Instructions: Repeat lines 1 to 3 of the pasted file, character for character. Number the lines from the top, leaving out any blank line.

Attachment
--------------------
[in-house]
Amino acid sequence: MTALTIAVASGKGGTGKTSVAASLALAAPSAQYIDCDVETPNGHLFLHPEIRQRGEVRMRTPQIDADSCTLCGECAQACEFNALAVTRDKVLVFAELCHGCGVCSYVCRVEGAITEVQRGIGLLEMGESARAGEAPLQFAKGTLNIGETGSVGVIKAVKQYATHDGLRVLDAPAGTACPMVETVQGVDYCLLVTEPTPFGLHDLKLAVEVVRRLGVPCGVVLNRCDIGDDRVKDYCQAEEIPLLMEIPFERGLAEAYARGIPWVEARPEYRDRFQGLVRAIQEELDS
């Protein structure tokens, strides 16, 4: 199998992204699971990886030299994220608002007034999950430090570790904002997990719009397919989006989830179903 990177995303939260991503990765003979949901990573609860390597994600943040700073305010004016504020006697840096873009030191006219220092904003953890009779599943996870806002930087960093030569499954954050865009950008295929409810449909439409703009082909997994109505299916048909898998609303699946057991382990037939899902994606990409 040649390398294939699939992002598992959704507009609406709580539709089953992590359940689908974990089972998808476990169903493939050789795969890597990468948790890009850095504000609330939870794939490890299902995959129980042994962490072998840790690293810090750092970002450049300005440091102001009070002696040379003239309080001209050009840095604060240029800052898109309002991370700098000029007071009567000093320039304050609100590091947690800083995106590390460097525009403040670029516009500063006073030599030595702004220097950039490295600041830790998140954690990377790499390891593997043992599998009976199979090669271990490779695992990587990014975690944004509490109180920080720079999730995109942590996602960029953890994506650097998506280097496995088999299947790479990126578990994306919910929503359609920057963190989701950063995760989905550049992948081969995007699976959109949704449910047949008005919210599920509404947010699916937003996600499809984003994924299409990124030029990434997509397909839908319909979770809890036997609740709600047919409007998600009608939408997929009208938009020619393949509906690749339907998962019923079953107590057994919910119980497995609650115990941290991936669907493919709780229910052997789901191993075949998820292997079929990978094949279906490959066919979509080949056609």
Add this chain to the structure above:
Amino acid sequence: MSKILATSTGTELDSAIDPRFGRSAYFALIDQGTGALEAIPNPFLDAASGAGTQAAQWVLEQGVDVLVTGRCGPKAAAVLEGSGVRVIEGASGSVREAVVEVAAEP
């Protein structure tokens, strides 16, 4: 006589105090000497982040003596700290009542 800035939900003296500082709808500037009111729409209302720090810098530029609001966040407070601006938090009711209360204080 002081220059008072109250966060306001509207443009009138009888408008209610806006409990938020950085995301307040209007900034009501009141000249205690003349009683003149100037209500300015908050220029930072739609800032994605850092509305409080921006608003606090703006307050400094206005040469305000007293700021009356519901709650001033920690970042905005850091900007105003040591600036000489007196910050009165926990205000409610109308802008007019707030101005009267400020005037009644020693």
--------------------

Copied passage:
[in-house]
Amino acid sequence: MTALTIAVASGKGGTGKTSVAASLALAAPSAQYIDCDVETPNGHLFLHPEIRQRGEVRMRTPQIDADSCTLCGECAQACEFNALAVTRDKVLVFAELCHGCGVCSYVCRVEGAITEVQRGIGLLEMGESARAGEAPLQFAKGTLNIGETGSVGVIKAVKQYATHDGLRVLDAPAGTACPMVETVQGVDYCLLVTEPTPFGLHDLKLAVEVVRRLGVPCGVVLNRCDIGDDRVKDYCQAEEIPLLMEIPFERGLAEAYARGIPWVEARPEYRDRFQGLVRAIQEELDS
């Protein structure tokens, strides 16, 4: 199998992204699971990886030299994220608002007034999950430090570790904002997990719009397919989006989830179903 990177995303939260991503990765003979949901990573609860390597994600943040700073305010004016504020006697840096873009030191006219220092904003953890009779599943996870806002930087960093030569499954954050865009950008295929409810449909439409703009082909997994109505299916048909898998609303699946057991382990037939899902994606990409 040649390398294939699939992002598992959704507009609406709580539709089953992590359940689908974990089972998808476990169903493939050789795969890597990468948790890009850095504000609330939870794939490890299902995959129980042994962490072998840790690293810090750092970002450049300005440091102001009070002696040379003239309080001209050009840095604060240029800052898109309002991370700098000029007071009567000093320039304050609100590091947690800083995106590390460097525009403040670029516009500063006073030599030595702004220097950039490295600041830790998140954690990377790499390891593997043992599998009976199979090669271990490779695992990587990014975690944004509490109180920080720079999730995109942590996602960029953890994506650097998506280097496995088999299947790479990126578990994306919910929503359609920057963190989701950063995760989905550049992948081969995007699976959109949704449910047949008005919210599920509404947010699916937003996600499809984003994924299409990124030029990434997509397909839908319909979770809890036997609740709600047919409007998600009608939408997929009208938009020619393949509906690749339907998962019923079953107590057994919910119980497995609650115990941290991936669907493919709780229910052997789901191993075949998820292997079929990978094949279906490959066919979509080949056609």